Lea Wait, here. If you were told you only had a limited amount of time get your life in order, what would you do?
One thing I’ve decided to do is publish two books that readers, librarians and teachers have asked for, but that, for an assortment of reasons, have not been published before this. One of these (available soon, but not this week) is an historical set in 1848 Scotland.
Why did I write it? Because although today between nine and twenty million Americans claim Scottish descent, a surprisingly small number of them know the combination of circumstances that led their ancestors to leave their homelands in the Highlands of Scotland. FOR FREEDOM ALONE is the story of one such family. Here’s where title comes from:
“It is not for glory we fight, for riches or for honours, but for freedom alone, which no good man loses but with his life.” — Declaration of Arbroath, 1324. A Letter from lords and bishops of Scotland to Pope John XXI, insisting on recognition of Scotland’s independence and on the sovereignty of their king, Robert I
And here’s the prequel. It sets that stage for one family’s struggle to survive in the slums of an Edinburgh full of displaced Highlanders, those escaping the Irish potato famines, and others whose skills are no longer necessary because of the industrial revolution.
“Faither, tell us again. Tell us about mother and how brave she was.” Every night after the sun had set Faither told Meggie, Rab and Kirstie a tale. His stories were of Scotland’s proud history, or of Faither’s own life, or legends whose origin no one knew, and whose truth no one could vouch for. But this story was Rab’s favorite, because it was true, and it was about his own mother.
Faither lifted three-year-old Kirstie onto his knee, and began. “It was the spring of 1843. Green sprouts of heather were pushing their way up between the rocks on the steep hills overlooking the glen through which our Calvie River ran, clear and fine. The men were in the hills looking after the few Highland cattle that were yet ours, but the women were to home when a lad from a neighboring glen brought word Sheriff Taylor was coming to order us all to leave our lands.
“Lands we Rosses had farmed fer more than five hundred long years. Land we paid rent fer every month, as the laws said, to an Englishman, Major Charles Robertson, himself stationed with his regiment in Australia.” Faither looked at each of his three children proudly as he added. “Yer two grandfaithers served in the British Army. My own dear faither died in service in India, and your mother’s faither was in the Royal Regiment.”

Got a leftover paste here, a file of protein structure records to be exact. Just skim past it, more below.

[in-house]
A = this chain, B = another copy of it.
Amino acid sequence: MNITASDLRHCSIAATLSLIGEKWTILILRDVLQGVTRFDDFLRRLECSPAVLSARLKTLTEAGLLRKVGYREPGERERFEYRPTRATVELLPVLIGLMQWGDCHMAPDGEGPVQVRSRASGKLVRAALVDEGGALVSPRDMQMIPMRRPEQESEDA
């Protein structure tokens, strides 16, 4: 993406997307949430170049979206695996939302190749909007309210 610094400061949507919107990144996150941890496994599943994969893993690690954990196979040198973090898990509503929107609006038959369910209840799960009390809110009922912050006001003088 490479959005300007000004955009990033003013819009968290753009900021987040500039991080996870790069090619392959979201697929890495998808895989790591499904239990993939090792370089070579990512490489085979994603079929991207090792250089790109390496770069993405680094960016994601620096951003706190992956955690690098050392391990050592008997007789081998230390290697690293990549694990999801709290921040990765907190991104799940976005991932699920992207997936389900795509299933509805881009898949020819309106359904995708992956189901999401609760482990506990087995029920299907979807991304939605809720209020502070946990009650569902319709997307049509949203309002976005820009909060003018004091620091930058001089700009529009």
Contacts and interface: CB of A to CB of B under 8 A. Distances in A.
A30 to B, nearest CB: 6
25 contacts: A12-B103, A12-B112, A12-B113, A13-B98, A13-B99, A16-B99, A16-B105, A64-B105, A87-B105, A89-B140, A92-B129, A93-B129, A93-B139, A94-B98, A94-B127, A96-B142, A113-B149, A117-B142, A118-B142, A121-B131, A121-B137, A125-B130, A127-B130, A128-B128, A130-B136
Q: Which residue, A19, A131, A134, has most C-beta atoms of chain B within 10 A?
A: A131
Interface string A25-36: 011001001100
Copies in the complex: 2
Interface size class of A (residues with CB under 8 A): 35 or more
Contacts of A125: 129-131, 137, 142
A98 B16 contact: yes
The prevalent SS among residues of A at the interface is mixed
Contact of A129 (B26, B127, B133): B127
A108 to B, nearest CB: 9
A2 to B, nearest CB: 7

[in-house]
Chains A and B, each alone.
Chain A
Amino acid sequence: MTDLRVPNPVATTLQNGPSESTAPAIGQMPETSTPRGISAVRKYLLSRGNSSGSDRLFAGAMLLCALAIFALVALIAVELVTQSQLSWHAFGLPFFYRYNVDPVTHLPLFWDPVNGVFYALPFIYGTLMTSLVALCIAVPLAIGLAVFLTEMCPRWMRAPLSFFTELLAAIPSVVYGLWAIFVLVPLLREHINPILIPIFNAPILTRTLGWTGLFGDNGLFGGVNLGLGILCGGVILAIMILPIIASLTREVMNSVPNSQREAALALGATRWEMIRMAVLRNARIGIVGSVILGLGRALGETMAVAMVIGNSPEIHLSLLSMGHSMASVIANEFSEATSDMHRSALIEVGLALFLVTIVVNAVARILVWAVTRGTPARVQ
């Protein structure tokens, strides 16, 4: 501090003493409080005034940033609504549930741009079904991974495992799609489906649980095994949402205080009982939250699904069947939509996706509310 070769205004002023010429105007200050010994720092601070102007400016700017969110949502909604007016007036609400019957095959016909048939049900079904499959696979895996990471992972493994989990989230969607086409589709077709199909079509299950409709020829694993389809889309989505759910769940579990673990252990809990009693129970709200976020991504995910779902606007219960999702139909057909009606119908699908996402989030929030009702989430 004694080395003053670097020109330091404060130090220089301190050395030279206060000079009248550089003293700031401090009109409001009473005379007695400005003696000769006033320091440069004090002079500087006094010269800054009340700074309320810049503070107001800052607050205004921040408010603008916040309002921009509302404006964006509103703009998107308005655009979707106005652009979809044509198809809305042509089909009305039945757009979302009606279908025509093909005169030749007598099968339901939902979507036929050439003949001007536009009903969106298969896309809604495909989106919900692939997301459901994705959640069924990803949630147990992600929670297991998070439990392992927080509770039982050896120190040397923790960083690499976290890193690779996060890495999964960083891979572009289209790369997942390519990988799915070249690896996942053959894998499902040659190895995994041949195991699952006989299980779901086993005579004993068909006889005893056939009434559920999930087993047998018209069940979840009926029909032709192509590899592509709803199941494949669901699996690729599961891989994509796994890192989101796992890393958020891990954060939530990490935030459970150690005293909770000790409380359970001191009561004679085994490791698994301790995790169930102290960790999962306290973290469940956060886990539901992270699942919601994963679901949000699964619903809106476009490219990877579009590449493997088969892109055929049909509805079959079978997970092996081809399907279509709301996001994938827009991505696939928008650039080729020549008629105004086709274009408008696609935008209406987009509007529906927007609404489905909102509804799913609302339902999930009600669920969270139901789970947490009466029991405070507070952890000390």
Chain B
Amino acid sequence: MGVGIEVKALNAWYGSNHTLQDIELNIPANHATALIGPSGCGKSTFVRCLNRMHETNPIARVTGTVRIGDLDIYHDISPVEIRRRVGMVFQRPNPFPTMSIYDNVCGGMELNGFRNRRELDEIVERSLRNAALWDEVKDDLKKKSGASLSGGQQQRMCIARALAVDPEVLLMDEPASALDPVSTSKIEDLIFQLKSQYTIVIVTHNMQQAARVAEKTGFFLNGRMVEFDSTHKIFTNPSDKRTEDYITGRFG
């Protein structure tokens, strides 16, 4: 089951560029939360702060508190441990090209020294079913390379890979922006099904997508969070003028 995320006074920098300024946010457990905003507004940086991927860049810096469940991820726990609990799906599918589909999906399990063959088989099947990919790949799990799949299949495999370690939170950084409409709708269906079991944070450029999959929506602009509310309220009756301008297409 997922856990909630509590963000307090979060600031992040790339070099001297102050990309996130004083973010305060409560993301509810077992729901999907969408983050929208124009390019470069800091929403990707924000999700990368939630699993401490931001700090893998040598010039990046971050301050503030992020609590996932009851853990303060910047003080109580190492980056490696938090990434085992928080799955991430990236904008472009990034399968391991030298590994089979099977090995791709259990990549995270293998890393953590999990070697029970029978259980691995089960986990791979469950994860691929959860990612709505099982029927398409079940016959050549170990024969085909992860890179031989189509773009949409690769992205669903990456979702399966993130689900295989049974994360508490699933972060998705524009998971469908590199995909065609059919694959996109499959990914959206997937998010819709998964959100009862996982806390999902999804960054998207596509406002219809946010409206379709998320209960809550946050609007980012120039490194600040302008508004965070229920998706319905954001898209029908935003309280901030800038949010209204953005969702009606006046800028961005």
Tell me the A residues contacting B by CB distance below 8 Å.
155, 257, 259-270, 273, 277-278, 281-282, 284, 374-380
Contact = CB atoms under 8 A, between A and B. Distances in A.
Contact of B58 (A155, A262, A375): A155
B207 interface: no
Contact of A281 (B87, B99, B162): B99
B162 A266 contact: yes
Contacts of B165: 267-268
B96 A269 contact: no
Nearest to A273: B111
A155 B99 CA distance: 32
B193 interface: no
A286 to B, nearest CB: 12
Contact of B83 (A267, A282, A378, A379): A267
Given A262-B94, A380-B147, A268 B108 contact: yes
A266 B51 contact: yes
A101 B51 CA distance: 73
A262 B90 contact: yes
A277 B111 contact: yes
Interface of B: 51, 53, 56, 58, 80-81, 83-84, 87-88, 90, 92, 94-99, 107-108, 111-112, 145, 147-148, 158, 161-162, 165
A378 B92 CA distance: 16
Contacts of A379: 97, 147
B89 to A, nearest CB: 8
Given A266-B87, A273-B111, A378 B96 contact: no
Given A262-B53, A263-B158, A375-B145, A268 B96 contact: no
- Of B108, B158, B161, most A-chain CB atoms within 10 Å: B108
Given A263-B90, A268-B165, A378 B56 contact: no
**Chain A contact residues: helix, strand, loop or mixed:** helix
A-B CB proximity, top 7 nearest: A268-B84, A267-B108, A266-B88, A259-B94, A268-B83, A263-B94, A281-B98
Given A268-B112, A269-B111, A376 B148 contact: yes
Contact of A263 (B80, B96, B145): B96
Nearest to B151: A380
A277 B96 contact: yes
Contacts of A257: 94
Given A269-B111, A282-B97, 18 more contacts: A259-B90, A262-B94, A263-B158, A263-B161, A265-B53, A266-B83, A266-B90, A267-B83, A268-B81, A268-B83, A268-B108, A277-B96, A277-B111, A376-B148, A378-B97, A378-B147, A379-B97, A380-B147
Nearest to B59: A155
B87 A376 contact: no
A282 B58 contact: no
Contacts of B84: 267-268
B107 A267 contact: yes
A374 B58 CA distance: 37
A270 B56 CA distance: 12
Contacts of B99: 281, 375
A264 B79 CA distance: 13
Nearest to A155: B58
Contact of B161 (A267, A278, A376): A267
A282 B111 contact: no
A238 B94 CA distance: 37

“We know, Faither,” said Rab, leaning in. “Tell the part about Mother.”
“We’d feared it would happen. English called us savages. They wanted us gone from our cottages so they could fill Highland hills and glens with fancy Cheviot sheep, and with red deer fer English gentlemen to hunt. So when word came, the women of Glencalvie, one or more from each of its eighteen families, went to meet Sheriff Taylor. Yer mother, the brave Kirsten, my own dear wife, was one of those women, despite being heavy with you, Kirstie.”
“I was with them, too, Faither,” put in Meggie, as she always did when he got to this part of the story. “I was twelve, and I went with the women. Mother said I’d see what the world was truly like. I saw it all.”
“Indeed ye did, lassie; indeed ye did. Ye all walked the path toward the east end of the valley; a path so steep cattle sometimes stumbled along it. And ye women confronted Sheriff Taylor and three of his men just beyond the boundary of Glencalvie.
“`Ye shall not enter our valley,’ said yer mother, firmly and truly. And despite the men’s strength, our brave women held them back and forced up the hand that held the eviction notice. Young Mary Mathieson, not much older than ye are now, Meggie, set fire to that notice with a live coal she’d carried up from the valley in a leather pouch. And once the papers were burned and the men let go the women turned and headed down the slope to their homes. Until one of those cowardly men looked after them and fired a gun, and Mary Mathieson fell to the ground, shot in the ba
Meggie nodded, remembering, as Faither reached over and touched her arm under the heavy red and green plaid tartan she’d wrapped around herself. He looked at Rab and then down at Kirstie, in his lap. “Meggie and yer mother helped carry Mary to her home to die, a heroine of Glencalvie, and then returned to our own cottage, where yer mother gave birth to you that very night, my dear little Kirstie.”
Kirstie hugged Faither and he buried his face in her tangled brown curls.
“And then mother died,” ended Meggie. “And we lived one year more in Glencalvie before the English came again. In 1844 there were more of them, and they were fiercer. They burned our homes and drove us out of Glencalvie forever.”
“They did,” Faither said grimly. “And since then these many months we have been traveling to find a place that will welcome us.”
“A place where we will be free to have a home,” said Meggie.
“And jobs,” said Faither.
“And food,” said Rab, thinking of his stomach, which had been empty so long.
“Edinburgh is the capital of Scotland,” said Faither. “We are Scots. We are going to Edinburgh.”
For more about FOR FREEDOM ALONE, stay tuned!